No one has ever been on the Moon for longer than three days, largely because space suits alone can’t shield astronauts from its elements: extreme temperature variation, radiation, and meteorite impacts. Unlike Earth, the Moon also has no atmosphere or magnetic field to protects its inhabitants.

However, in a study published in Geophysical Research Letters, researchers have claimed that the safest place for astronauts to seek shelter is inside an intact lava tube.

“It’s important to know where and how big lunar lava tubes are if we’re ever going to construct a lunar base,” said Junichi Haruyama, a senior researcher at JAXA, Japan’s space agency.

Image courtesy of Purdue University/David Blair. Featured image courtesy of NASA/Goddard/Arizona State University

Lava tubes are naturally occurring channels formed when a lava flow develops a hard crust, which thickens and forms a roof above the still-flowing lava stream. Once the lava stops flowing, the tunnel sometimes drains, forming a hollow void.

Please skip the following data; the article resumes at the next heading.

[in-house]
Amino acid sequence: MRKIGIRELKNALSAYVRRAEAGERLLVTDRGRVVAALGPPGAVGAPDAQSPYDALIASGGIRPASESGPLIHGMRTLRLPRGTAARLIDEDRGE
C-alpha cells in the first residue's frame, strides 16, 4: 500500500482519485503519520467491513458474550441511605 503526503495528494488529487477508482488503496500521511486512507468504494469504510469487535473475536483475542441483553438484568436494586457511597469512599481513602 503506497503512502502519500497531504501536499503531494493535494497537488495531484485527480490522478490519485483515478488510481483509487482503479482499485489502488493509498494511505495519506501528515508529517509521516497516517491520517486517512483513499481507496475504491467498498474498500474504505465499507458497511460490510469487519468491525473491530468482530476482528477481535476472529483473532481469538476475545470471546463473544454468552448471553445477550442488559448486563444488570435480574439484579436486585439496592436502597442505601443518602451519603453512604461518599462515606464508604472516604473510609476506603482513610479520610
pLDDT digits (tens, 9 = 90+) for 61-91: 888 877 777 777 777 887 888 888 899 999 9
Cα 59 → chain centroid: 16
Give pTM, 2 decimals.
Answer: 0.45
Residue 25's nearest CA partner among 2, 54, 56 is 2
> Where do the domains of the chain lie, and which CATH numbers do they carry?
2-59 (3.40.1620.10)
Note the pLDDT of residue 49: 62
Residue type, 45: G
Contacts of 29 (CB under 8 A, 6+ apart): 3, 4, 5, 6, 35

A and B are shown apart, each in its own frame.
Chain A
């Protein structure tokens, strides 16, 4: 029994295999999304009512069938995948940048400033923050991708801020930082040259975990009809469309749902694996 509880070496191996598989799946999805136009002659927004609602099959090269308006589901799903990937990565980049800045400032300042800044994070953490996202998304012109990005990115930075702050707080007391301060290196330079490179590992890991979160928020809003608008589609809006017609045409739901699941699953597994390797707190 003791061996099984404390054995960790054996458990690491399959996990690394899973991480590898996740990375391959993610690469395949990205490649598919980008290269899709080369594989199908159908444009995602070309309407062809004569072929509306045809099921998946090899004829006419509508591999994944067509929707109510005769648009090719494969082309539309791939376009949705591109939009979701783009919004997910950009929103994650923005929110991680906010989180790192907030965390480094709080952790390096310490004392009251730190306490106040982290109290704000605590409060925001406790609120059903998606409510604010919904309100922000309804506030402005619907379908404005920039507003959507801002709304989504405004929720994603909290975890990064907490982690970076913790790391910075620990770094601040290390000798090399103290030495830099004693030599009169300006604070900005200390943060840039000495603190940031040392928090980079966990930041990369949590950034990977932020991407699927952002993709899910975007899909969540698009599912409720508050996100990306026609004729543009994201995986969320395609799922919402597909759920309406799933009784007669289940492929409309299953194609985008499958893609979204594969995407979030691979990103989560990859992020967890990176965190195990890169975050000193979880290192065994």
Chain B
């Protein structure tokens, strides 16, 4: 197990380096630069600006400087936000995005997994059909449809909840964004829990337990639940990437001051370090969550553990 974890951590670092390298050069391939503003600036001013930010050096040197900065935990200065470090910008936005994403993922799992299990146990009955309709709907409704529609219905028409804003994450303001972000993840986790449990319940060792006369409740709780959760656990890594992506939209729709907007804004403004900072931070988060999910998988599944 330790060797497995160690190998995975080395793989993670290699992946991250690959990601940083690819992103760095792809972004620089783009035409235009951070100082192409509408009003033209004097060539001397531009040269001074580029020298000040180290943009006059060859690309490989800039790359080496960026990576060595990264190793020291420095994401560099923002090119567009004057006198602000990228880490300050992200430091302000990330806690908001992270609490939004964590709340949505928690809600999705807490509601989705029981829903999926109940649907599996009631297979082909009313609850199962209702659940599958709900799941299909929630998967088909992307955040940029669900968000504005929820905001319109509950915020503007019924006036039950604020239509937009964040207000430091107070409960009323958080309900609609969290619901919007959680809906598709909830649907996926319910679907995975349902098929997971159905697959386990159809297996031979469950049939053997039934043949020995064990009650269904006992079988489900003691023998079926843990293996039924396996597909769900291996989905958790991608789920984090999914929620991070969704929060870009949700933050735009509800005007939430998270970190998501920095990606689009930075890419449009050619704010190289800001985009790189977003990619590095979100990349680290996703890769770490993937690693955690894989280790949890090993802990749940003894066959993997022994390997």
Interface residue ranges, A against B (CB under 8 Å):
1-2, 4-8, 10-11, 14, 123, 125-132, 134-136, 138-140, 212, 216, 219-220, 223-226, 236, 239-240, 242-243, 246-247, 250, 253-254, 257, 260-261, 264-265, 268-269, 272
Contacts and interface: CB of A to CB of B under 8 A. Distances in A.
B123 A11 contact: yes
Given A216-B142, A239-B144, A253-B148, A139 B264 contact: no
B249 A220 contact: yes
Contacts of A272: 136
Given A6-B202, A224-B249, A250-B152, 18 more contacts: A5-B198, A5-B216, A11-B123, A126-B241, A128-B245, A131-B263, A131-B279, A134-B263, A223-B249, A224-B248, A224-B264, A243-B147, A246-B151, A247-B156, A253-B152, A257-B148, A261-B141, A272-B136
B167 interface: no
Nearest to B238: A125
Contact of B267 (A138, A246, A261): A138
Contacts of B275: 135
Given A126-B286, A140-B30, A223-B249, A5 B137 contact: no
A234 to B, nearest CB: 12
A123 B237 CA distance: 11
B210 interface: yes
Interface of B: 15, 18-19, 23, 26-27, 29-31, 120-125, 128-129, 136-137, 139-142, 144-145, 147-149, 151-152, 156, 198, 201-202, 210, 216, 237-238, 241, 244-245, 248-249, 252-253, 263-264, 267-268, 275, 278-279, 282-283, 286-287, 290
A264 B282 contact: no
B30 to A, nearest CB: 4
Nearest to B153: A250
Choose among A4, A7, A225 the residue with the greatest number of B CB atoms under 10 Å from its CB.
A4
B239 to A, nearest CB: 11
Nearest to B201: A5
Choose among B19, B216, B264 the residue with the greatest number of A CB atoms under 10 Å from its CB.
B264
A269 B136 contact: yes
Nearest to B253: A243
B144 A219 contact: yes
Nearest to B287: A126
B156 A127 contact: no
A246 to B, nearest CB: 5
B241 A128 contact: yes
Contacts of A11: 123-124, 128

The Lava tubes located by Purdue University researchers are said to be spacious enough to house one of the United States’ largest cities, and while their existence – and in particular their entrance near the Marius Hills Skylight – was previously known, their size was previously an unknown quantity.

“They knew about the skylight in the Marius Hills, but they didn’t have any idea how far that underground cavity might have gone,” said Jay Melosh, professor of Earth, Atmospheric and Planetary Sciences at Purdue University.

“Our group at Purdue used the gravity data over that area to infer that the opening was part of a larger system. By using this complimentary technique of radar, they were able to figure out how deep and high the cavities are.”

At the first meeting of the US’ reintroduced National Space Council, vice president Mike Pence announced that the Trump administration will redirect America’s focus to travelling back to the Moon.

Pence’s declaration marks a fundamental change for NASA, which abandoned plans to send people to the moon in favour of Mars under President Barack Obama.

“We will return NASA astronauts to the moon – not only to leave behind footprints and flags, but to build the foundation we need to send Americans to Mars and beyond,” Pence said.